INNOCENCE UNDER THE ELMS by Louise Dickinson Rich
Kirkus Star

INNOCENCE UNDER THE ELMS

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KIRKUS REVIEW

Take a real lazy dazey approach to this, the closest to a McKenney My Sister Eileen low-down on a sisters' childhood. Let the atmosphere of restriction -- with its compensations and Bridgewater, Mass., move in. For the author of We Took To The Woods (and other adult and juvenile books) surveys her geographically narrow but small and friendly world and shows how it enlarges in the paralysis of joy and anguish and in the deviltry of youthfulness as she investigates the days ""when I was a child"" with her sister, Alice Poor and withdrawn and shy in their economic and social privacy; the physical and spiritual transplantings as their editor father moved them from house to house; the stores where credit was good; a bringing up as ""little ladies"" and the averted eyes and heads when knowledge, against which they had been warned, confronted them -- this is only part of the story. For now the dust has settled, and the wounds are healed, there is no rot of self pity here, as the little girls help with getting out the paper, attend school and church, revel in short holidays, and explore their town to the fullest. Here is a recall that will please and delight not only the audience to whom she is familiar but also that which collects period biographies. Should make for sturdy sales.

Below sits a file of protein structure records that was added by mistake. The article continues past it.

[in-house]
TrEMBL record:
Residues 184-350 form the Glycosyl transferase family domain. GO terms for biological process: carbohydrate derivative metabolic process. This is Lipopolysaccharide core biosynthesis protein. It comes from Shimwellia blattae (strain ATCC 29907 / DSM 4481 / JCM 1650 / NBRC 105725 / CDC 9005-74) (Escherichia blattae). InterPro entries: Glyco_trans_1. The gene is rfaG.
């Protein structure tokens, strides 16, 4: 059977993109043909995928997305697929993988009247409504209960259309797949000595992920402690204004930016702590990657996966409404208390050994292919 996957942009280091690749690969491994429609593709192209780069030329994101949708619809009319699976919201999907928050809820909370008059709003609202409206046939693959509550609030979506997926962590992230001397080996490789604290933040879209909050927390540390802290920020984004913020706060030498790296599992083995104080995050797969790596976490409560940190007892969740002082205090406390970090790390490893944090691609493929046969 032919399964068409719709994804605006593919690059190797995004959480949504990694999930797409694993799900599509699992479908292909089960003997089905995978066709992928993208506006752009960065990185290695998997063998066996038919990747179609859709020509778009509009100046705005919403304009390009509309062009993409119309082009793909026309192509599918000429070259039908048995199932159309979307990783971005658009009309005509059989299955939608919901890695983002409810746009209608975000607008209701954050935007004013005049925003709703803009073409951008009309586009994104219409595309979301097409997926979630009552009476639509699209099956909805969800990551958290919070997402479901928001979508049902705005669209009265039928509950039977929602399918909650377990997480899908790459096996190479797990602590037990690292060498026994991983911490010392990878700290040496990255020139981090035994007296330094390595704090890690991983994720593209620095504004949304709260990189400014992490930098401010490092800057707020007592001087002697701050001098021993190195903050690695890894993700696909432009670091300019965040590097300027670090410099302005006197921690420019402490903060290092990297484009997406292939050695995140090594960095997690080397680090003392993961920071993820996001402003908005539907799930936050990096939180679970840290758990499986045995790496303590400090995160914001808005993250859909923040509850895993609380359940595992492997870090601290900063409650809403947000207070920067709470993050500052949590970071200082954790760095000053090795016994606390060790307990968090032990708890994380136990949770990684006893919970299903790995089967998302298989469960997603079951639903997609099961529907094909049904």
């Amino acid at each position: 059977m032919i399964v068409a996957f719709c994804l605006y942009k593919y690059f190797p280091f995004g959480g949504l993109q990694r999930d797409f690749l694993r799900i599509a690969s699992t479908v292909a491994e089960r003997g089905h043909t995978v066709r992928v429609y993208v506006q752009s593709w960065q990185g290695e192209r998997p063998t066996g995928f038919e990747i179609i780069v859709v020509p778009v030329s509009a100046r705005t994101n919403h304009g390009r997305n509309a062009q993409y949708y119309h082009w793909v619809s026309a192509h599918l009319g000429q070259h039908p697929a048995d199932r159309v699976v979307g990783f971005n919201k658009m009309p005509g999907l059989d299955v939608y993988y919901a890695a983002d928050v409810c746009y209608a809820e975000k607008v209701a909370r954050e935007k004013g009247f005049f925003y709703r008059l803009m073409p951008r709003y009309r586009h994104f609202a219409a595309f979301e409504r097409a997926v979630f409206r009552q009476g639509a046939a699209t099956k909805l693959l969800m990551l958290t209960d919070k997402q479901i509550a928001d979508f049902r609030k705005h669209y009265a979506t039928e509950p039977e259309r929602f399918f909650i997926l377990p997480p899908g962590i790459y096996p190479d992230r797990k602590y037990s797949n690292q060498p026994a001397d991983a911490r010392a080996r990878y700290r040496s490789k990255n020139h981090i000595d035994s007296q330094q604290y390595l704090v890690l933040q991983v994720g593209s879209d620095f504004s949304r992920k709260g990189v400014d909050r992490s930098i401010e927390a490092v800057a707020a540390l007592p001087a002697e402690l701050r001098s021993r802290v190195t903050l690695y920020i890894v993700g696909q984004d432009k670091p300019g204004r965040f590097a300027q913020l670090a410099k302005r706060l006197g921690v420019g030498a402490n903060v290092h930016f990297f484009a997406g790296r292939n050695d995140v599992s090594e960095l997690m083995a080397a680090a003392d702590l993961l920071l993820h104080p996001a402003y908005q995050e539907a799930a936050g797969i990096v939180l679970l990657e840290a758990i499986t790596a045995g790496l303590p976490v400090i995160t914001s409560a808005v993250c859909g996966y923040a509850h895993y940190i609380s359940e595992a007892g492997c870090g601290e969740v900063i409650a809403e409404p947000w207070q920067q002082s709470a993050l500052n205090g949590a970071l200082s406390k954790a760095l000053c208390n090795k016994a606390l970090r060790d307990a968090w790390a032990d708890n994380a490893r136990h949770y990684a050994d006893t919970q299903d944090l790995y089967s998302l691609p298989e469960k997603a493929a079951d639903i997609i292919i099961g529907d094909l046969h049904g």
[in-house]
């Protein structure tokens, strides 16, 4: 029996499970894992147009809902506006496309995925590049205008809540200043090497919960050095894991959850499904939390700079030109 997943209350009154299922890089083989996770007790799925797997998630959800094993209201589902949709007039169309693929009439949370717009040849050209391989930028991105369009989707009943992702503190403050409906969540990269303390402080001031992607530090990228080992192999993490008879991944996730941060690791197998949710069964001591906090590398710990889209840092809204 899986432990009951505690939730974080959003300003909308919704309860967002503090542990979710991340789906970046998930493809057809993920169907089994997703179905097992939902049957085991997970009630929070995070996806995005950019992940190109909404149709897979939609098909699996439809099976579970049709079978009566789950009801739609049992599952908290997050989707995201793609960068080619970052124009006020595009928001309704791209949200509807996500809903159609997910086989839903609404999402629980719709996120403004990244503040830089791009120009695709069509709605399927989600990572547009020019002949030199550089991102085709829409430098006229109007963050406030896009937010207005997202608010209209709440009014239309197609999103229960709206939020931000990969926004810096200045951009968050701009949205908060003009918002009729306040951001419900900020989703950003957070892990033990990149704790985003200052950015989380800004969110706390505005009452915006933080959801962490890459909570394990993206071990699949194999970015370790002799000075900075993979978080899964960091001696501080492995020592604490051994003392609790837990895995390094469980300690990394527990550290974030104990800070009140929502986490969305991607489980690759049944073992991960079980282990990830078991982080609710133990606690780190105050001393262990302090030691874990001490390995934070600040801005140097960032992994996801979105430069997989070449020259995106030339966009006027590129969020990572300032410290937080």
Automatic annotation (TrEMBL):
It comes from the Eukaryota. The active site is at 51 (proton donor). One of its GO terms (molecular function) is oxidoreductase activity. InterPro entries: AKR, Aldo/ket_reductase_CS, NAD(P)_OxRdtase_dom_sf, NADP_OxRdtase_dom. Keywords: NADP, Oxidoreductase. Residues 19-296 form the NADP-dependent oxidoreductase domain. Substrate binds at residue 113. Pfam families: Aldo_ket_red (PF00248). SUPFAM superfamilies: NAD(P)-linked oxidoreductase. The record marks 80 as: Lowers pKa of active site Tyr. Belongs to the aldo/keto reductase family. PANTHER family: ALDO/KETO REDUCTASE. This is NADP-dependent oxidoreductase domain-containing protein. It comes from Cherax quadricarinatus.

Pub Date: Feb. 23rd, 1955
Publisher: Lippincott